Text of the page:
The Thin Blue Line and the Thin Red Line.
Hi there–I am a funeral director and have recently made funeral arrangements for a retired police officer. He is not a military veteran, but the family would like to drape his casket with the thin blue line flag (the black and white flag with the blue line representing police officers). I know with the American flag being draped on the casket, nothing can be placed on top of the flag (ex: flowers, medals, pictures, etc.) Would this etiquette still be followed for a police officer thin blue line flag? I just want to make sure I am following the correct protocol and do not want to upset anyone regardless if they were military, police, firemen, etc. Any advice would help!
What a great question! And, I love the idea of draping the Thin Blue Line flag on the casket. Very appropriate. Let’s create protocol right now since there really isn’t anything written to govern the use of the Thin Line flags.
We know that nothing goes on top of the following flags that can be draped on a casket: American, tribal nation, state, city. The Thin Line Flags could be treated the same since the flags represent the first responder family. Out of respect for what the flag represents, just like the others previously mentioned, I would say no to placing anything on any flag. I’m quite sure you are aware of a small table placed near the casket that serves to hold a picture and military paraphernalia. For this officer, you could do the same.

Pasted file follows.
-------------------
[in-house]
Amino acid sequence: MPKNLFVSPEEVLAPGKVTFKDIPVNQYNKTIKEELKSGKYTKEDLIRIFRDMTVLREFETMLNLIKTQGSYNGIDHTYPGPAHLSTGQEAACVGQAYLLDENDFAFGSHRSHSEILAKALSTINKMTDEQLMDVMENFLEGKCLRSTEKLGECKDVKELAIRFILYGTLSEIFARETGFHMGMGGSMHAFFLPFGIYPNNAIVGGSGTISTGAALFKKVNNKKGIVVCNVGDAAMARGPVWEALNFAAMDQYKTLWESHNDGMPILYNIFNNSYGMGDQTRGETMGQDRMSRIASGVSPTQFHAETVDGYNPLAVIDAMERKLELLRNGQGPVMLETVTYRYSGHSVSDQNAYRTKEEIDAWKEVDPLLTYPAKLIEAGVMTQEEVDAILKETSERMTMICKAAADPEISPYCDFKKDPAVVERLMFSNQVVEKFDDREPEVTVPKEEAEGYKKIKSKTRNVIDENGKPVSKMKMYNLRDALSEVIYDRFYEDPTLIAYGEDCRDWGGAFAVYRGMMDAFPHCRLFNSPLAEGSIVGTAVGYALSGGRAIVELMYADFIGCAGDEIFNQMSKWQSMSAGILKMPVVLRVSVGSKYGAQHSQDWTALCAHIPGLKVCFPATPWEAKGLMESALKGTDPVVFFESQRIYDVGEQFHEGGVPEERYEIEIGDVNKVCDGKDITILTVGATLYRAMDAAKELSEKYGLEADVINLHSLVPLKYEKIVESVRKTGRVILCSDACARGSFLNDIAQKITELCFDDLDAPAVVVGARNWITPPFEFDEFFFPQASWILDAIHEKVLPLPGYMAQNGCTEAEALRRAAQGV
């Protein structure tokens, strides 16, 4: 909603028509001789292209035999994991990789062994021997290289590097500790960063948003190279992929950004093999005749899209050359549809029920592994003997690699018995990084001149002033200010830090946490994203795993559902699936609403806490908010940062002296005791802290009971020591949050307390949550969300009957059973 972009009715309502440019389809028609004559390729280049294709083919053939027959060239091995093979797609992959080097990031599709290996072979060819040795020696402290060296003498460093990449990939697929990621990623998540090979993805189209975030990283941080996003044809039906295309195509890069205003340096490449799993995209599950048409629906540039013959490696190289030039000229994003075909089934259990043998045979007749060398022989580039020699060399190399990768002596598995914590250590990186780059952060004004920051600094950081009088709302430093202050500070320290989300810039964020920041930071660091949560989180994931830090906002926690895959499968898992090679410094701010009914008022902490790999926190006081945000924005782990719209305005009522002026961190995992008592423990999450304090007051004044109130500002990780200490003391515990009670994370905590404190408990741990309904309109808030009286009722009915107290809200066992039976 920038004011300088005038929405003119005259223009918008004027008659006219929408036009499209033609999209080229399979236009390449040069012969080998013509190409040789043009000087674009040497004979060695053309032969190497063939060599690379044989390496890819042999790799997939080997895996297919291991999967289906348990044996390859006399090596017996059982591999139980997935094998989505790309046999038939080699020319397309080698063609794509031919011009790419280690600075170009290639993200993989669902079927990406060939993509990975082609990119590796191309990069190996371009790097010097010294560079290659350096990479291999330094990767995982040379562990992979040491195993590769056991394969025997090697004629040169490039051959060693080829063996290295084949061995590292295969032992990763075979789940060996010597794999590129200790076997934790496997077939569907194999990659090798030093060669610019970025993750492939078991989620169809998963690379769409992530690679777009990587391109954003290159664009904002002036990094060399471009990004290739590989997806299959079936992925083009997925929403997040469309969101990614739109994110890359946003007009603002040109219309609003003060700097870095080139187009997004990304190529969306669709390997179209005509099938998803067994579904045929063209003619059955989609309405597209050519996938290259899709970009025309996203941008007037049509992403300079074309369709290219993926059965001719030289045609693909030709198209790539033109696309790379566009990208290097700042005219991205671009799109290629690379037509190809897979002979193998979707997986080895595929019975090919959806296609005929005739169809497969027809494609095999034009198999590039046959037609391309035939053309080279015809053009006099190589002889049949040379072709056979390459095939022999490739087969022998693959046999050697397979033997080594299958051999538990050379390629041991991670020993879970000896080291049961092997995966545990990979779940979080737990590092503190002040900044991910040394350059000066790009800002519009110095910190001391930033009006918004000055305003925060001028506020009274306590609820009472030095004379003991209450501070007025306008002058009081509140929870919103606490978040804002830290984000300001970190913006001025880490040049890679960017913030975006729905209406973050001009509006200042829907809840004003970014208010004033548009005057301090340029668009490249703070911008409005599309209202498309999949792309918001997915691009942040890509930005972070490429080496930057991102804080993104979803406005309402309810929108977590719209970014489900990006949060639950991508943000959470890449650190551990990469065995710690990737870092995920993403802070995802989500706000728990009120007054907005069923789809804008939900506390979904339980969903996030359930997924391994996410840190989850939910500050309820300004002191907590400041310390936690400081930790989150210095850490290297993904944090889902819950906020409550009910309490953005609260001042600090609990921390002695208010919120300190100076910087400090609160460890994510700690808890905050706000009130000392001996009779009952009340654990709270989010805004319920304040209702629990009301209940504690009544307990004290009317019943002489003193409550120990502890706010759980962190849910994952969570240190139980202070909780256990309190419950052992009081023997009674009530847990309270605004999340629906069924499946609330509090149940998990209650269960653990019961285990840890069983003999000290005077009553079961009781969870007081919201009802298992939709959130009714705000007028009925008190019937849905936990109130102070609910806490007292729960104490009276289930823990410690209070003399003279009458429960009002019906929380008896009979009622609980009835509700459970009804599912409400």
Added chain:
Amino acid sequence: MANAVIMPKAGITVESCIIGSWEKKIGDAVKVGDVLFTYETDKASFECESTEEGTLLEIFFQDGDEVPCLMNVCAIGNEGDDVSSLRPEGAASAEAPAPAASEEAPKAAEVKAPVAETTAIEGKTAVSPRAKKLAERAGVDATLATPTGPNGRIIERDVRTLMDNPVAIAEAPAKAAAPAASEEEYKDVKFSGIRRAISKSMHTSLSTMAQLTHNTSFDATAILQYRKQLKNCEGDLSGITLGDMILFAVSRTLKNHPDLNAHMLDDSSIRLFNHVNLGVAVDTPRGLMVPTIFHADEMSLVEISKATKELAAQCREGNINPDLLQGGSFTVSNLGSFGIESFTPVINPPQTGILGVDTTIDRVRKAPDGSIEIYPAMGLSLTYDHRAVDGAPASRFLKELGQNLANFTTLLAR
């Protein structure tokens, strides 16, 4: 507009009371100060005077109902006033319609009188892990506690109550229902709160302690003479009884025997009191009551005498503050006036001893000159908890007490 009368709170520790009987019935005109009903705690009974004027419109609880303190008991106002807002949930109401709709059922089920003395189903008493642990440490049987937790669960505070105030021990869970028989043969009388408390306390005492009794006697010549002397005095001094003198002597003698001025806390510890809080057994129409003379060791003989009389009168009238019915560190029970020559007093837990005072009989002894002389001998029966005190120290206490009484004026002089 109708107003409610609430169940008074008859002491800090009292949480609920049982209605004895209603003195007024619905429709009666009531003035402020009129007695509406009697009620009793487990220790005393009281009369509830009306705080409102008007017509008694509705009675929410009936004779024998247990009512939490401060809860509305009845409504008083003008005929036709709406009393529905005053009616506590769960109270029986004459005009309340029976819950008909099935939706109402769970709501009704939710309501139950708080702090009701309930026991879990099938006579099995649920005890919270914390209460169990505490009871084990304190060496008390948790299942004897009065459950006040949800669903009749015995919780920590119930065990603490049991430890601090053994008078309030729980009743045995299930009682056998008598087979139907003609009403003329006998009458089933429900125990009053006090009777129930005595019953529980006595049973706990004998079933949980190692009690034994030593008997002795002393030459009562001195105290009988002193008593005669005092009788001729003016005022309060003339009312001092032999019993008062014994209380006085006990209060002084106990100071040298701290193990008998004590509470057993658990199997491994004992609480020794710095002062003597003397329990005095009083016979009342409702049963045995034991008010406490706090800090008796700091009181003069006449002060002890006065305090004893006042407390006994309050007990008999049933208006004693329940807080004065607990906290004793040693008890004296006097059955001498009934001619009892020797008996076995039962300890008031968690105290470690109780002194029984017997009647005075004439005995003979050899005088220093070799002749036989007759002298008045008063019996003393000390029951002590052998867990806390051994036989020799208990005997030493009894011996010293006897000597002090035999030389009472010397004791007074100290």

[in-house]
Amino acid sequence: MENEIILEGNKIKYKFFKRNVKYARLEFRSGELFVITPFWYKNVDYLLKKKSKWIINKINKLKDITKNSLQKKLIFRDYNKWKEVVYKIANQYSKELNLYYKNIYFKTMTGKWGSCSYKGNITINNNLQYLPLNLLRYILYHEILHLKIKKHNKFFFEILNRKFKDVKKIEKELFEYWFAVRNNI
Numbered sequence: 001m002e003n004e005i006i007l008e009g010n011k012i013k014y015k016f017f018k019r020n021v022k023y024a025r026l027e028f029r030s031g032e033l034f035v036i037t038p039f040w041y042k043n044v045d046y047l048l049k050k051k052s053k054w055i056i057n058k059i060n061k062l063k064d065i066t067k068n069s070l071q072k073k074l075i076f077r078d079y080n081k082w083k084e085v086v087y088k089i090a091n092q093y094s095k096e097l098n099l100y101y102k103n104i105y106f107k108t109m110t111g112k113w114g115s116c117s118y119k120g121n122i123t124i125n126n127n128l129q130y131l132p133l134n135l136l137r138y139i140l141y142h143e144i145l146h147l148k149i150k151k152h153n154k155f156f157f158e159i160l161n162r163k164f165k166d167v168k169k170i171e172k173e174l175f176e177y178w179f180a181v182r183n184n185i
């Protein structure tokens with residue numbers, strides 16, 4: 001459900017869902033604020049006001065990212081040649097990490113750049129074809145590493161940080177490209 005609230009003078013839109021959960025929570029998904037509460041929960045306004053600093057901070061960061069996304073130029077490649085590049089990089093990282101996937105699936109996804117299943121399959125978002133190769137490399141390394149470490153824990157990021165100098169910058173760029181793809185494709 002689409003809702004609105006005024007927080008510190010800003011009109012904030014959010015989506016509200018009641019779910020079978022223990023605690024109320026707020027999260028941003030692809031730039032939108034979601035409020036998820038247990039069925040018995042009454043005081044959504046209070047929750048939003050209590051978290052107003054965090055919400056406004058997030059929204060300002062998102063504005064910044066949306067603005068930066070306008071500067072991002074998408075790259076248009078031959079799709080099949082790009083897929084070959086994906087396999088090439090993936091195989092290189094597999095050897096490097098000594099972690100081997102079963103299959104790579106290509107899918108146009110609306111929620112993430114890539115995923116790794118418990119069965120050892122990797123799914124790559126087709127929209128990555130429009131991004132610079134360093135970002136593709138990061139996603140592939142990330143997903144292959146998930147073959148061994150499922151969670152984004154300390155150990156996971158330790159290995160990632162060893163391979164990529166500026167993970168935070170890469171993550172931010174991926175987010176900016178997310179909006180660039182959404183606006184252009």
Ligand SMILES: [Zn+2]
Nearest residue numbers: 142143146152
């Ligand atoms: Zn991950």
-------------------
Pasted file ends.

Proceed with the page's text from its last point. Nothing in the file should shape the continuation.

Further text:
The one thing that sticks in my mind is that the flag comes in 3′ x 5′, but an interment flag is 5′ x 9′. Are you going to use something else to make up the couple of feet at each end of the casket?
There is also the fact that the Thin Line Flags that are a version of the American flag, actually go against the Flag Code. Just FYI. I recommend the flag with the black background and the vertical blue line in the center.
I hope this answers your question adequately. Thank you for wanting to provide the very best for a fallen Thin Blue Line hero.